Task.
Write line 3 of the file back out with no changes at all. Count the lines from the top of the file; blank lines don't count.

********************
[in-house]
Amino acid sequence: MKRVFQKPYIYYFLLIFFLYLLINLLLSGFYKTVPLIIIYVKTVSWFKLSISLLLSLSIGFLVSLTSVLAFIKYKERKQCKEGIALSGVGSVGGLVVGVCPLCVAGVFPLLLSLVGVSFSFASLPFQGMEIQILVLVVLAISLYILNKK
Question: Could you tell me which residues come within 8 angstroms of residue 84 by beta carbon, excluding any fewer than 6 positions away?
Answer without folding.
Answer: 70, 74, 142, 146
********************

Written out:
Question: Could you tell me which residues come within 8 angstroms of residue 84 by beta carbon, excluding any fewer than 6 positions away?